Memories by Arthur Edwards, Archbishop of Wales (published by John Murray, 1927)

Introduced by Pendleburys ‘the bookshop in the hills’


It was during the summer of 1997 that we experienced a large number of thefts from our rabbit warren-like premises. Books disappeared from the shelves at far greater rate than those which we logged in our till. In mentioning our problem to a friend who was holidaying in Spain we did not realise the consequences of his response.

He sent us a ‘copy’ of an ancient curse on book thieves believed to emanate from the Monastery of San Pedro in Barcelona. In a spirit of light hearted amusement we posted the copy throughout our shop and were dumbfounded that it worked. Thefts ceased & books were returned through the post with notes of apology. We wrote a short letter to the Church Times informing them of this phenomenon and asked if any readers knew of a similar curse that might induce sales.

We were much surprised when Thursday’s copy of the Church Times arrived at our desk, delivered an hour early by the local newsagent with our story on the front page. All very good we thought and rather a laugh.

The following morning our newsagent delivered both The Times & The Telegraph two hours early as they both contained lead stories about our shop and the bookseller curse. Tuning into Radio Four at 7am we were much taken aback at our names being mentioned first in the press reviews and this was quickly followed by follow up telephone calls from the BBC, ITV, and other independent stations.

We decided not to open the shop due to the weight of press reporters at the front door that morning but took calls from several national newspapers. It was when faxes and telephone calls began to arrive from Spain, Ireland, the United States, Brazil and Mexico that we thought perhaps this story had gone a little too far. As well as enquiring calls and faxes we also had threatening messages from book thieves worried about their life expectancy.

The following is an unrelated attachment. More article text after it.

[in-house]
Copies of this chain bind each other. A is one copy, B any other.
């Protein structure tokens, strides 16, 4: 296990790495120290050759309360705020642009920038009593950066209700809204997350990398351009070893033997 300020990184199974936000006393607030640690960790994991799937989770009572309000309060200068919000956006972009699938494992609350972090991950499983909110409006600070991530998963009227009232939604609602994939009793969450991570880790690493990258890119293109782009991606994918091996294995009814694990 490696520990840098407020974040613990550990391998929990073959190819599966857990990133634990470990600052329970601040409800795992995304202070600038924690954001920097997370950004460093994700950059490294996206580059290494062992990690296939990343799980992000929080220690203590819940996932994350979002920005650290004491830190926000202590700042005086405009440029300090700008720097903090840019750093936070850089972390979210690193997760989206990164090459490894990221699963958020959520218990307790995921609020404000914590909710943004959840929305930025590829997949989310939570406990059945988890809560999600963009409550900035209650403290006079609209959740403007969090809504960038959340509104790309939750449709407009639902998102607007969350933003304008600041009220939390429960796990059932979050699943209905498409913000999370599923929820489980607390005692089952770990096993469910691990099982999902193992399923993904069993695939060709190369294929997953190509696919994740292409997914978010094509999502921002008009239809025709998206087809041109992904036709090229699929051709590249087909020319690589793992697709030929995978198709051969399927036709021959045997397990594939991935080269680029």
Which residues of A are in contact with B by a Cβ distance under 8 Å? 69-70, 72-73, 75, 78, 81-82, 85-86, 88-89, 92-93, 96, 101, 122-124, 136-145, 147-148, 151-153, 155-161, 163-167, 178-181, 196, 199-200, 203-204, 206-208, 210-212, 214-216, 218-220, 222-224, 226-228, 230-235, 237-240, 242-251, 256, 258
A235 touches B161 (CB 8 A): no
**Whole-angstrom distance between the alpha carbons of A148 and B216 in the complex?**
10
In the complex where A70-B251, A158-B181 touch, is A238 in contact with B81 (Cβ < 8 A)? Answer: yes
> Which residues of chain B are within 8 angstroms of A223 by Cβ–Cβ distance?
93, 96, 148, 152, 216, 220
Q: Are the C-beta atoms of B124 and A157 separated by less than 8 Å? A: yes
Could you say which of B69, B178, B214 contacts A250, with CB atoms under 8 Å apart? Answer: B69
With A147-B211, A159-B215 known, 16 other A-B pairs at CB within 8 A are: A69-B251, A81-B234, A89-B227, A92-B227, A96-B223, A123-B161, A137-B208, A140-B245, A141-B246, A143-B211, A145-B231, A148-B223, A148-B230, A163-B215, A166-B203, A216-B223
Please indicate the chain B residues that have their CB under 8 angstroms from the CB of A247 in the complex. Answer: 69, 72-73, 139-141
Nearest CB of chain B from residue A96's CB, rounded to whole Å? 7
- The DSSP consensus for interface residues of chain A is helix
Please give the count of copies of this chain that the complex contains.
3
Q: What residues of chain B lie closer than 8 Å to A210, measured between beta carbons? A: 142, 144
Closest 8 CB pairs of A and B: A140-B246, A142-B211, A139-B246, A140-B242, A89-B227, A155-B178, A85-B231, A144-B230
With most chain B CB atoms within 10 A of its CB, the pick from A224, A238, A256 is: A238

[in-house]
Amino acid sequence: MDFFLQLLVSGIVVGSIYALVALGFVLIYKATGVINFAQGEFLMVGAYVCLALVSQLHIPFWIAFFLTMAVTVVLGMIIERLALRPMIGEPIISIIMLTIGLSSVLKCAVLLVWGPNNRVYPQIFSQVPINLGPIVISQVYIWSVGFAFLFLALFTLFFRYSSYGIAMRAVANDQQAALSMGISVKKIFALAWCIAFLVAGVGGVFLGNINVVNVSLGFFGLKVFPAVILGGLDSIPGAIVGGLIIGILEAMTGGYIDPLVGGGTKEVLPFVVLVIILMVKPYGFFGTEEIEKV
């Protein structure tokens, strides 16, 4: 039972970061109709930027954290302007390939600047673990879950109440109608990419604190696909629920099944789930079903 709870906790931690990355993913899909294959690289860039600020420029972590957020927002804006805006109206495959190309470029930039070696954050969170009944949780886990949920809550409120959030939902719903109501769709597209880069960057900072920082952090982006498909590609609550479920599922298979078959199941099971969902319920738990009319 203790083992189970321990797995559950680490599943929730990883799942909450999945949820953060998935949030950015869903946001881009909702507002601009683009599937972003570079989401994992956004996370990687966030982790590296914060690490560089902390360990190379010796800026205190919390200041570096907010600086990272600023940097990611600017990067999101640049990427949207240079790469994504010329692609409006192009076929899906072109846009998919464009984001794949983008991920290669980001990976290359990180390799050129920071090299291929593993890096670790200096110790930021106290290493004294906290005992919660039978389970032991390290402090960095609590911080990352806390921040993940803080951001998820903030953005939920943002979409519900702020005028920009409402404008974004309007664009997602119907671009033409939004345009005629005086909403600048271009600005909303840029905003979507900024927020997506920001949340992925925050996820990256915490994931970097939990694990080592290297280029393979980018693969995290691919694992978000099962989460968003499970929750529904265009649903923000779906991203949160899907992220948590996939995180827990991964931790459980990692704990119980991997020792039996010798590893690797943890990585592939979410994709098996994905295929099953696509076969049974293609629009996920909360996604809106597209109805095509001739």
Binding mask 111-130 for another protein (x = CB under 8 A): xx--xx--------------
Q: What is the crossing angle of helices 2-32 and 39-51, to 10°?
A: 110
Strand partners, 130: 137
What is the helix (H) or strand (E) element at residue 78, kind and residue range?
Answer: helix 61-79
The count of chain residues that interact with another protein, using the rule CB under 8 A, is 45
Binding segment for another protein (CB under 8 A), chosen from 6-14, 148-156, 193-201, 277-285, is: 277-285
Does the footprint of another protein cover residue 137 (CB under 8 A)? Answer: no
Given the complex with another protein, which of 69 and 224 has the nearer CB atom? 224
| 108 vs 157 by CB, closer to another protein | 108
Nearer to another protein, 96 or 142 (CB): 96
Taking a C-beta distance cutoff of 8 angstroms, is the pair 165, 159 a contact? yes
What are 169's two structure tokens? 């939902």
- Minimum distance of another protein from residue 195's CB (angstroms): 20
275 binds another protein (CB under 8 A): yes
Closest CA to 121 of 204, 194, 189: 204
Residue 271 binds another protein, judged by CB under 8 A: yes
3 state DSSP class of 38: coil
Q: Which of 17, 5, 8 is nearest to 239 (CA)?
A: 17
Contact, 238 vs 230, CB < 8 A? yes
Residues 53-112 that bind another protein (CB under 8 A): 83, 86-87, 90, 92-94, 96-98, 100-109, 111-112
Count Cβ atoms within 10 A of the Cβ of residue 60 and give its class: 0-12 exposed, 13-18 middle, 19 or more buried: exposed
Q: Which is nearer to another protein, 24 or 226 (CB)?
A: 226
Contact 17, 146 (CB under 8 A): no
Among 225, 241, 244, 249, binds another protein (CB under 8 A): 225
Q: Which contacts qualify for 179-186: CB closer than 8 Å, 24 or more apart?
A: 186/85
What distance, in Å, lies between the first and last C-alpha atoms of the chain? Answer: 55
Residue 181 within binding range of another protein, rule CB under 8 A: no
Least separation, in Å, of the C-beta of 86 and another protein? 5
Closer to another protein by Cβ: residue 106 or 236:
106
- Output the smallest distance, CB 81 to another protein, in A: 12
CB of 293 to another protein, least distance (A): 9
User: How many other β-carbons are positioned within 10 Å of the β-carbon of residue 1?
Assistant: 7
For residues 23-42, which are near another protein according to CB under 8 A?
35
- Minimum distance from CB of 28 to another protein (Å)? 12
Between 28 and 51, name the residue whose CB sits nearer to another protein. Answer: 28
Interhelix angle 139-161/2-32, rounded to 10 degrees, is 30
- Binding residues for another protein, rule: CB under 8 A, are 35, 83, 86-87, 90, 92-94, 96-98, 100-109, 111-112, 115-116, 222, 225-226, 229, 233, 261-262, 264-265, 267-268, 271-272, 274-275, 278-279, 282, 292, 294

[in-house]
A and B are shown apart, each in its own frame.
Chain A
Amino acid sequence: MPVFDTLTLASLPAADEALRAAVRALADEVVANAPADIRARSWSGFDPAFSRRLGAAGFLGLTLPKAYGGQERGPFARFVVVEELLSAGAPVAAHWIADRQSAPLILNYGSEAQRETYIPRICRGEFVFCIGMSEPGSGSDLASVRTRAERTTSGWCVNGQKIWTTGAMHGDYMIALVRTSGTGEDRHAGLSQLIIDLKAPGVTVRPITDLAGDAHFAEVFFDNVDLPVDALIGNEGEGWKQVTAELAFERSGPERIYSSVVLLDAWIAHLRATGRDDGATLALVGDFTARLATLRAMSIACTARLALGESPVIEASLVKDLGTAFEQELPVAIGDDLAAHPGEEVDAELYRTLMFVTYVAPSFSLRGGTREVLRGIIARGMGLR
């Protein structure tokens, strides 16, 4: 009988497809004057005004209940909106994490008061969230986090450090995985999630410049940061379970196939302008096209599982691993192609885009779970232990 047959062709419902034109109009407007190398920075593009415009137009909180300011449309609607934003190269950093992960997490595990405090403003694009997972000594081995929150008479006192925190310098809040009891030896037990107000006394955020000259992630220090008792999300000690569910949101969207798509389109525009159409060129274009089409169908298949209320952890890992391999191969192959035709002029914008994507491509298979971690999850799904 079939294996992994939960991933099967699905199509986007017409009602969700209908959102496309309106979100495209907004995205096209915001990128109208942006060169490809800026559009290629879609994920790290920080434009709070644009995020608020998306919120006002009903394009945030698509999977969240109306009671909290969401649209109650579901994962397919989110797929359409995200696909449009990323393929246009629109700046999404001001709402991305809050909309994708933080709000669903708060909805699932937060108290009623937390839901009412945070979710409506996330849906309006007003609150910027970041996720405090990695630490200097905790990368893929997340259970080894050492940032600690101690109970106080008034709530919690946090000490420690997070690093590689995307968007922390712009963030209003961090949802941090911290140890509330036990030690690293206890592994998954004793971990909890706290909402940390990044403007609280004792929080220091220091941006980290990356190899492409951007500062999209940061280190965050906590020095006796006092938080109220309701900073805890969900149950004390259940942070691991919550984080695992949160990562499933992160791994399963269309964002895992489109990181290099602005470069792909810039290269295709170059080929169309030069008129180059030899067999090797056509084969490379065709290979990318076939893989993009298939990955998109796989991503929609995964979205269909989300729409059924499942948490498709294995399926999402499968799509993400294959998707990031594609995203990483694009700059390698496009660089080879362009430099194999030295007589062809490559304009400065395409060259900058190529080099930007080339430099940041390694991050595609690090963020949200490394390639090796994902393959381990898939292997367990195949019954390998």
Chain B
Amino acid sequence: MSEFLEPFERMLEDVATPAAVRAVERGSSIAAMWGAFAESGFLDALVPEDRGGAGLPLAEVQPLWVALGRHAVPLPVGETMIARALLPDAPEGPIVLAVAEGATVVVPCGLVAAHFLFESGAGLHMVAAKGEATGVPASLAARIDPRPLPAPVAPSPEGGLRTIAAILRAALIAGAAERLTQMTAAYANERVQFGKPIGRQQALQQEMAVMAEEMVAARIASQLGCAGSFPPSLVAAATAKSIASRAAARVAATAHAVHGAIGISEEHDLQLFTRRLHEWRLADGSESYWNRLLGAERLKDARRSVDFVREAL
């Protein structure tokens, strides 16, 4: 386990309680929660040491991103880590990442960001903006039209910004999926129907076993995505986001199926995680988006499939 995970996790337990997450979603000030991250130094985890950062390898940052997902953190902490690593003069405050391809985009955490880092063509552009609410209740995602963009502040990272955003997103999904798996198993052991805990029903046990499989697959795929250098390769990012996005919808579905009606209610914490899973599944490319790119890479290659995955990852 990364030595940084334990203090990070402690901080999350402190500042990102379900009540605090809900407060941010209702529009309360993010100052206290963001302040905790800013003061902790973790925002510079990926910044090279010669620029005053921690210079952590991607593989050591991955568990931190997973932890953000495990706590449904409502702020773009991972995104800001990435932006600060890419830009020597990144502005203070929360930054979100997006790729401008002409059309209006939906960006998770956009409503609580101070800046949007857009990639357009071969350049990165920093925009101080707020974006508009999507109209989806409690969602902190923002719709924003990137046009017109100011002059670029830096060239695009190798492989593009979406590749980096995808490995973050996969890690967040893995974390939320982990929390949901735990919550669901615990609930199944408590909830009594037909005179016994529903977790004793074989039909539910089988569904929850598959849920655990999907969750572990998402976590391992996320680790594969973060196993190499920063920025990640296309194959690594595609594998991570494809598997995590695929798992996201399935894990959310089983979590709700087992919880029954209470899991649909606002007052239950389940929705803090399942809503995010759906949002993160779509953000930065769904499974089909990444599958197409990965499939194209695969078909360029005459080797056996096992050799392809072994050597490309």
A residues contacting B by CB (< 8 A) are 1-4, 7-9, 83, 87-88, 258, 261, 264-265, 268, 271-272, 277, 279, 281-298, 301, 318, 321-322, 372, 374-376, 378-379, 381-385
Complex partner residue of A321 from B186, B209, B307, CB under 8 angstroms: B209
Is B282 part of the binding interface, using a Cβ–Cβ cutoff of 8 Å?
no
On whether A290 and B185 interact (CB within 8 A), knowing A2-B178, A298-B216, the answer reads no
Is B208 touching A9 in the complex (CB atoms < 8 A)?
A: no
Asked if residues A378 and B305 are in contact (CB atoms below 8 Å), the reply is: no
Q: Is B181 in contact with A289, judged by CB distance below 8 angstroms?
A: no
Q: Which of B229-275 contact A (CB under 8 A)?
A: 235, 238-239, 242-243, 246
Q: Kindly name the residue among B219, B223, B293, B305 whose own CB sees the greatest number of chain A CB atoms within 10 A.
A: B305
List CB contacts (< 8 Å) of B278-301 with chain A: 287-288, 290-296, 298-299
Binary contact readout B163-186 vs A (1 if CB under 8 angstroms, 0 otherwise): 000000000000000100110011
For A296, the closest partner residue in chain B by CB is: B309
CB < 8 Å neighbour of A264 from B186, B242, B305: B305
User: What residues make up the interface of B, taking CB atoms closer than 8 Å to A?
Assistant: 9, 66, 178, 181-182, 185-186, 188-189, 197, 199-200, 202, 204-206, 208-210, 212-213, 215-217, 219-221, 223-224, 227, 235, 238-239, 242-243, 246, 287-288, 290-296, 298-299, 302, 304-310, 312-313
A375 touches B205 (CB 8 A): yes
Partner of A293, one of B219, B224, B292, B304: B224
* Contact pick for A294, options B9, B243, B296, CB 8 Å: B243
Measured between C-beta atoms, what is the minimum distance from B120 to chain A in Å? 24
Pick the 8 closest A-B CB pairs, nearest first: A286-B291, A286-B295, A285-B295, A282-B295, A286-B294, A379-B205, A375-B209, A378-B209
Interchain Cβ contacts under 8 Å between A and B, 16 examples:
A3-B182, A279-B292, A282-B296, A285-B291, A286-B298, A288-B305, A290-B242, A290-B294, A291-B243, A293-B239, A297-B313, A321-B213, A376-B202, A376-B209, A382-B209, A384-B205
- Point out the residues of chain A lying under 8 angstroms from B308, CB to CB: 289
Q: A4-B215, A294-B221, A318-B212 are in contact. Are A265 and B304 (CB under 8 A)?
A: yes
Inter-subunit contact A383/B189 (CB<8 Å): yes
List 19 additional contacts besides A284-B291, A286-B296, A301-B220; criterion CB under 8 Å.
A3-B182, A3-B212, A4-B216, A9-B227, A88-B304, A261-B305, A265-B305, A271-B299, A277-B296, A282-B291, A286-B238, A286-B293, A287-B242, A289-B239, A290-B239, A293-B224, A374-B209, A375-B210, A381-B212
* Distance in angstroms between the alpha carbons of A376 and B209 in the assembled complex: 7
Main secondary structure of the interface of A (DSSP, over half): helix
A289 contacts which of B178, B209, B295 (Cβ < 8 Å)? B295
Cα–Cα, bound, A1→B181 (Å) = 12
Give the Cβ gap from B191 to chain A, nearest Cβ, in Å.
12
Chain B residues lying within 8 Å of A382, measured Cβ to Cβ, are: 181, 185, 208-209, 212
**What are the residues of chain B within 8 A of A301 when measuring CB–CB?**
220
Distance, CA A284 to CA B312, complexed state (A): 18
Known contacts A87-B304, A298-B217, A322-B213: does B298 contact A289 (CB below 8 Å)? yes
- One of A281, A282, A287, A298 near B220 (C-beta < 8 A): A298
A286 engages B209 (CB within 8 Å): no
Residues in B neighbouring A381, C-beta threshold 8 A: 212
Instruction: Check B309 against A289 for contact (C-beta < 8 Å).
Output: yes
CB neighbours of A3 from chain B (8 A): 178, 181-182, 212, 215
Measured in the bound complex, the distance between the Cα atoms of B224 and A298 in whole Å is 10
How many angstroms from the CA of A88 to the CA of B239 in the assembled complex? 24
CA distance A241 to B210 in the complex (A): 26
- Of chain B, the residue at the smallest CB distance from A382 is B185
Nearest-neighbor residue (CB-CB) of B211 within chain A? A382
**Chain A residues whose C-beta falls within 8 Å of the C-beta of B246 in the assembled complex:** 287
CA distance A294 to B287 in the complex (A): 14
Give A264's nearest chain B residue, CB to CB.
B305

On the following day we crept into our shop at 4.00am and pasted a ‘NOT OPEN’ sign to the door. Trying to avoid the reporters still gathered at our entrance we immediatedly took down all the ‘curse’ notices posted throughout the shop.

During the following week, calls and faxes died away, we took receipt of many parcels of stolen books – mostly not having been stolen from us, and we heartily wished we had never mentioned the subject.

For those interested, it reads as follows:

For him that stealeth a book from this library, let it change into a serpent in his hand and rend him. Let him be struck with palsy and all his members blasted. Let him languish in pain, crying aloud for mercy and let there be no sur-cease to his agony till he sink in Dissolution. let Bookworms gnaw his entraills in token of the worm that dieth not, and when at last he goeth to his final punishment, let the flames of Hell consume him for evere and aye.


Memories seemed an appropriate book to choose from the stock at Pendleburys to front this post. Pendleburys – the bookshop in the hills – is located one hour’s drive from Hay-on-Wye.


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